A play and assorted poems on the existential nature of art and life.
Sunwall (Dodge County Fair, 2006) intriguingly combines an allegorical drama set in 13th-century France and 36 poems composed in a smattering of lyric styles. The two-act play, from which the book draws its title, revolves around Robert de Chanson, a court minstrel who has been imprisoned for three months by a cruel-hearted Duchess and awaits his execution. Set in 1270 during the last year of the Crusades, the play comments on how the plight of artists is subject to the political winds of the day. It also looks at the hypocrisy of the nobility and church hierarchy obsessed with constructing immense cathedrals and engaging in holy wars in hopes of securing eternal salvation, all the while bankrupting and starving the poor. In the end, when offered the chance to escape, Robert must choose between extending his earthly life or remaining in his cell and preserving the epic he’s written. Sunwall suggests here and in a number of the poems that a writer’s chances of his works gaining eternal life are about as likely as those for his physical being. Such a defeatist, almost nihilistic attitude pervades the poems and is powerfully encapsulated in the provocative piece â€œPlaying with Matches,” in which a young girl inadvertently causes her own death by accidentally setting a barn ablaze: â€œAnd when in later years we / Read of self-immolations / (Better to light one candle– / And make yourself the wick– / Than curse the darkness) / The thought came unwanted: / Kitty had protested for us. / Not against the futile war, / But all our futile lives.” Sunwall’s dark edginess gives many of these works an intriguing bite.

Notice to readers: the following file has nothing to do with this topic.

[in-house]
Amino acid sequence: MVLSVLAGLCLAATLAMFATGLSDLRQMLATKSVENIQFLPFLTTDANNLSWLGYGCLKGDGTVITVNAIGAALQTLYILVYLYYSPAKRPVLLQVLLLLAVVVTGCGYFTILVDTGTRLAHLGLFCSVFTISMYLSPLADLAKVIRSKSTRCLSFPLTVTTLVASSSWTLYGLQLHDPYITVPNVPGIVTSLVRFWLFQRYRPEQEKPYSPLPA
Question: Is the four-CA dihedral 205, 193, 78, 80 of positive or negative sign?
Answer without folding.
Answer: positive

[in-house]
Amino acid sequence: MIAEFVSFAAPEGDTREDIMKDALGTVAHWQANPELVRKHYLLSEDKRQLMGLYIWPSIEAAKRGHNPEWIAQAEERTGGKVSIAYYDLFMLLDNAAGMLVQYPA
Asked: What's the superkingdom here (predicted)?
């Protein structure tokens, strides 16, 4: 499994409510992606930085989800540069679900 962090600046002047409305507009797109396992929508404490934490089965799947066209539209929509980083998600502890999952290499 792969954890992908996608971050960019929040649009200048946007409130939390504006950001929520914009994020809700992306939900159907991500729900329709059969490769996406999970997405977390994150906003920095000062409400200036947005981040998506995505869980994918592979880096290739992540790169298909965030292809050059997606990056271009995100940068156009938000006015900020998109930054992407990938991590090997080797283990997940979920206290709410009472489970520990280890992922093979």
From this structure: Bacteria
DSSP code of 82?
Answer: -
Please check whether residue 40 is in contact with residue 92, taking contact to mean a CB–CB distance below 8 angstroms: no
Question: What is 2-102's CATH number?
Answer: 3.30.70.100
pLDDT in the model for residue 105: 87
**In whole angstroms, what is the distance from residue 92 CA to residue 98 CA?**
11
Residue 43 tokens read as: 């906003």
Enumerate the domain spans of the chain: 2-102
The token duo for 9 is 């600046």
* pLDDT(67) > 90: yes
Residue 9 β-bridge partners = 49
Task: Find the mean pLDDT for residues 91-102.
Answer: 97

Thoughtful social commentary tossed with a dash of imagistic flare.